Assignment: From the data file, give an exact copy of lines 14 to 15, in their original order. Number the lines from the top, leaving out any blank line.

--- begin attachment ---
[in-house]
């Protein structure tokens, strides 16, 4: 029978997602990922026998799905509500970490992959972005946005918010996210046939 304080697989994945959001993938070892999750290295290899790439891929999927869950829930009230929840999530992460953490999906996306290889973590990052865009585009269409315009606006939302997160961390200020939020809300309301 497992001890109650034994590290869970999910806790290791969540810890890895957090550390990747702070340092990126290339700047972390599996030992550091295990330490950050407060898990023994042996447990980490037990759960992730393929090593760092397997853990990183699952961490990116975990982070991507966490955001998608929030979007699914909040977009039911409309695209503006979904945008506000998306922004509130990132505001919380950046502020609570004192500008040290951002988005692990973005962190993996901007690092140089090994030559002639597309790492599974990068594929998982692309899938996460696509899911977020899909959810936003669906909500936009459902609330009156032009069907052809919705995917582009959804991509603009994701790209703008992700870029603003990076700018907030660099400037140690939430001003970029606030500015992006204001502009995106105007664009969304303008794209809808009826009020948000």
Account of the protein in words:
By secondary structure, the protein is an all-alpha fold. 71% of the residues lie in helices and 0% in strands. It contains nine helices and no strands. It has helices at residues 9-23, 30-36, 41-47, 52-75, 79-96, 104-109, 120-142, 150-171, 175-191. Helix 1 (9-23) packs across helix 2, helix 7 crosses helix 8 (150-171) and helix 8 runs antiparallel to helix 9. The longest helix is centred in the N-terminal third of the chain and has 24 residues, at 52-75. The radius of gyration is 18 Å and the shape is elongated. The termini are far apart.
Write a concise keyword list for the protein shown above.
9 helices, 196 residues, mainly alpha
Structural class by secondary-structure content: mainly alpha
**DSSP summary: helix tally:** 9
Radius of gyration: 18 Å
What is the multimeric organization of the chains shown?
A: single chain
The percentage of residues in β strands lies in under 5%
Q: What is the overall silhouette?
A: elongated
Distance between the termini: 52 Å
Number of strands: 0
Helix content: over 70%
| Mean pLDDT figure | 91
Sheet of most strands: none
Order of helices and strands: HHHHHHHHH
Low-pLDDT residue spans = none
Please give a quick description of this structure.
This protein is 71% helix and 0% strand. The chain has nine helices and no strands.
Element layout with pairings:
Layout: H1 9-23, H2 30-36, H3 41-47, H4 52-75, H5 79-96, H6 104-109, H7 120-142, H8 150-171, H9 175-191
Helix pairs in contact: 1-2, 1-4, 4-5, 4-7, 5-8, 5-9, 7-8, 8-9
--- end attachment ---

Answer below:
A: elongated
Distance between the termini: 52 Å